How do you feel about going swimming at the beach right after watching Shark Week? Have the statistical chances of being eaten by a shark increased because you watched Shark Week? Of course not!
By David Feldman
But if you’re like many folks – you’re probably thinking about sharks a little more than usual, and a bit hesitant to get in the water. If we took the time to rationally consider the statistics – we know that the chances of seeing a shark, let alone being attacked by one – are so remote it’s almost not worth thinking about it.
But think about it we do…
Previously – we’ve looked at the psychology of frequent flyer award redemptions, the effect of reinforcement and the impact it has on driving behavior. But what about our perception of being able to redeem that first-class award seat to Paris? How will that affect our decision-process when thinking about joining the airline’s frequent flyer program or signing up for their credit card? And what about our perception of the airline passenger experience?
Let’s take a quick look at the psychology that affects our perception…
The concept of heuristics and biases was pioneered by psychologists Amos Tversky and Daniel Kahneman in 1973. Heuristics are mental shortcuts that help us make decisions or judgments. There are different types of heuristics.
The representativeness heuristic is a snap judgment of whether someone or something fits a category. David Myers, Professor of Psychology at Hope College, explains the representativeness heuristic as:
“The tendency to presume, sometimes despite contrary odds, that someone or something belongs to a particular group if resembling a typical member”.
For example, if we walked into a bar next to the courthouse and saw a group of well-dressed guys in fancy suits, we might immediately assume that they were lawyers. We make that assumption because what we see, represents our image of lawyers. Of course – they may be lawyers… on the other hand, they could also be “the Defendants”. The use of the mental heuristic doesn’t guarantee that our judgments are accurate.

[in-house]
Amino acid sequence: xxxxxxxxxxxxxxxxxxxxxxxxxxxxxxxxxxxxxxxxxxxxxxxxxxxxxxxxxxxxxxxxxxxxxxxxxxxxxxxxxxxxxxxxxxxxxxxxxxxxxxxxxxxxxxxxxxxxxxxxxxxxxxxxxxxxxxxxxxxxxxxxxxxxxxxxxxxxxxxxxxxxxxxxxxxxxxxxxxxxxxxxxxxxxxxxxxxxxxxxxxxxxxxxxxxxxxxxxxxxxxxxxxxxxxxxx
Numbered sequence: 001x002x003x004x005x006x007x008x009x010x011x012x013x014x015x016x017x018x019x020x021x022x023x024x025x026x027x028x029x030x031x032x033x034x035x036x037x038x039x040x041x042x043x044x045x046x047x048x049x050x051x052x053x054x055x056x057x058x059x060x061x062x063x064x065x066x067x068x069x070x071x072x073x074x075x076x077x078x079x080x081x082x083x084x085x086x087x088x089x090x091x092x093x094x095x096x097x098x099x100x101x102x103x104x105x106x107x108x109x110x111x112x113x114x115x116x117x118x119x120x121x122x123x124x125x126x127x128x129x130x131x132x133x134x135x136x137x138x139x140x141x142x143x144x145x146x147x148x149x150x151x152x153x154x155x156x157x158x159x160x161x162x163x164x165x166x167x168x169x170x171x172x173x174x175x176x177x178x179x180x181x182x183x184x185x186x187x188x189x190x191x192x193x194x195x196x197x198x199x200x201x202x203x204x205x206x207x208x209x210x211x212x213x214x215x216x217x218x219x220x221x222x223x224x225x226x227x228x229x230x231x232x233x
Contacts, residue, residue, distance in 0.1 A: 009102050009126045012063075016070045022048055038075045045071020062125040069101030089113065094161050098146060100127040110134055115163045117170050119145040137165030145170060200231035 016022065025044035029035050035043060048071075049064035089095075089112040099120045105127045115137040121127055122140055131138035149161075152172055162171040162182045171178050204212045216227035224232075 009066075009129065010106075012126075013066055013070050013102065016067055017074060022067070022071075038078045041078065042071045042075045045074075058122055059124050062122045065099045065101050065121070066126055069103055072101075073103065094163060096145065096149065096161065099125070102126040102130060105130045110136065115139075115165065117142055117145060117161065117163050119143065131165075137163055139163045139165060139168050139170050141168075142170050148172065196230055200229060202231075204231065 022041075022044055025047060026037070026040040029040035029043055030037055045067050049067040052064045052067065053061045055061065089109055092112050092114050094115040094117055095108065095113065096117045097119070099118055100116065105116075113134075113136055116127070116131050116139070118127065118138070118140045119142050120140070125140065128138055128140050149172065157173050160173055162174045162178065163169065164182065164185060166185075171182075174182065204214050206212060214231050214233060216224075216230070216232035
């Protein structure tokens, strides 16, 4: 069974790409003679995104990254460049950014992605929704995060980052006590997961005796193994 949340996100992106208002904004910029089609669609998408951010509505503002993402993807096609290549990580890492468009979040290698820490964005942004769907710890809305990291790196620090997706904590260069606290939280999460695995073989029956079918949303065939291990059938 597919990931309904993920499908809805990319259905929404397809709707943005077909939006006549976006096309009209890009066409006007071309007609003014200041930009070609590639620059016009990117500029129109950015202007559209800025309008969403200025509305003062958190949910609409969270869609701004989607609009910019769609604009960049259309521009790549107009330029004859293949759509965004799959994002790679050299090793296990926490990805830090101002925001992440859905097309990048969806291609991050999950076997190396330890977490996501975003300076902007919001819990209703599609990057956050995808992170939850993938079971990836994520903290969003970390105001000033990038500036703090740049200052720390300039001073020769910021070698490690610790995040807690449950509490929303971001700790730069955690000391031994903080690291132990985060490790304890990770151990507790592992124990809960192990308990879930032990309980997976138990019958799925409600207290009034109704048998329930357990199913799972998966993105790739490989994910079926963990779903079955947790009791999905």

While the above example relies on our pre-existing mental prototype, the availability heuristic is about making judgments on the likelihood of events, based on examples that pop into mind. According to Myers, the availability heuristic is
“A cognitive rule that judges the likelihood of things in terms of their availability in memory. If instances of something come readily to mind, we presume it to be commonplace”
In the shark example earlier, after watching Shark Week, there is no shortage of examples in our mind of sharks, types of sharks, and incidents of attacks by sharks. But is the risk of shark attack higher than the risk of being involved in a car accident on our way to the beach. If we used statistics as our decision-maker – we would happily jump in the ocean.
But the availability heuristic effect means that we apply more weight to examples or stories that we recall more easily or have heard/watched/read more often or more recently. The same principle applies when thinking about the comparative risk of being killed in a plane crash compared to a car accident. Do we feel the same trepidation when we get into a car compared to a plane?
Myers explains that “because news footage of airplane crashes is a readily available memory for most of us—especially since September 11, 2001, and the two Malaysia Airlines crashes in 2014—we often suppose we are more at risk traveling in commercial airplanes than in cars”.
Our consumption of news and social media, anecdotes from friends, family and colleagues, combined with our own experience – introduces a cognitive bias to our thinking.
AIRLINE AWARD SEAT AVAILABILITY
We know from our previous discussions, that the proposition of earning a free flight is what drives customer behavior. But does the availability heuristic impact our perception of whether frequent flyer programs are worth the effort? Will we be able to use our miles for that free flight when the time comes?